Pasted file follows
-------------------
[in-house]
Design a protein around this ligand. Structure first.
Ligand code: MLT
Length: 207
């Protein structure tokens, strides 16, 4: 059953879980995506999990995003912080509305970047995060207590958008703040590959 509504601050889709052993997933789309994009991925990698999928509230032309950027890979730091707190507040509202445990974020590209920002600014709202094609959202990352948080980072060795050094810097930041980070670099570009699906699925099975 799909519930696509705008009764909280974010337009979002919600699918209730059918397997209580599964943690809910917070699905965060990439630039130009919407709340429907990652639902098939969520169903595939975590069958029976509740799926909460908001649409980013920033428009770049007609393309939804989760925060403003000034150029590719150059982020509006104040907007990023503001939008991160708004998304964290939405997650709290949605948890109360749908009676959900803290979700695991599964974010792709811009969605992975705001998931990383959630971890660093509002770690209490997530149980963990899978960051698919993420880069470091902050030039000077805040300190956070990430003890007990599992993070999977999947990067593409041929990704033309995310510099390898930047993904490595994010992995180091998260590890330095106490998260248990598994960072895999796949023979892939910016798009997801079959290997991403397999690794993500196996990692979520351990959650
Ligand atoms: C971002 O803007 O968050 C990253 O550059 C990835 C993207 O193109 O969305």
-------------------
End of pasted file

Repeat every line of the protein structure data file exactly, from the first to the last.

[in-house]
Design a protein around this ligand. Structure first.
Ligand code: MLT
Length: 207
């Protein structure tokens, strides 16, 4: 059953879980995506999990995003912080509305970047995060207590958008703040590959 509504601050889709052993997933789309994009991925990698999928509230032309950027890979730091707190507040509202445990974020590209920002600014709202094609959202990352948080980072060795050094810097930041980070670099570009699906699925099975 799909519930696509705008009764909280974010337009979002919600699918209730059918397997209580599964943690809910917070699905965060990439630039130009919407709340429907990652639902098939969520169903595939975590069958029976509740799926909460908001649409980013920033428009770049007609393309939804989760925060403003000034150029590719150059982020509006104040907007990023503001939008991160708004998304964290939405997650709290949605948890109360749908009676959900803290979700695991599964974010792709811009969605992975705001998931990383959630971890660093509002770690209490997530149980963990899978960051698919993420880069470091902050030039000077805040300190956070990430003890007990599992993070999977999947990067593409041929990704033309995310510099390898930047993904490595994010992995180091998260590890330095106490998260248990598994960072895999796949023979892939910016798009997801079959290997991403397999690794993500196996990692979520351990959650
Ligand atoms: C971002 O803007 O968050 C990253 O550059 C990835 C993207 O193109 O969305």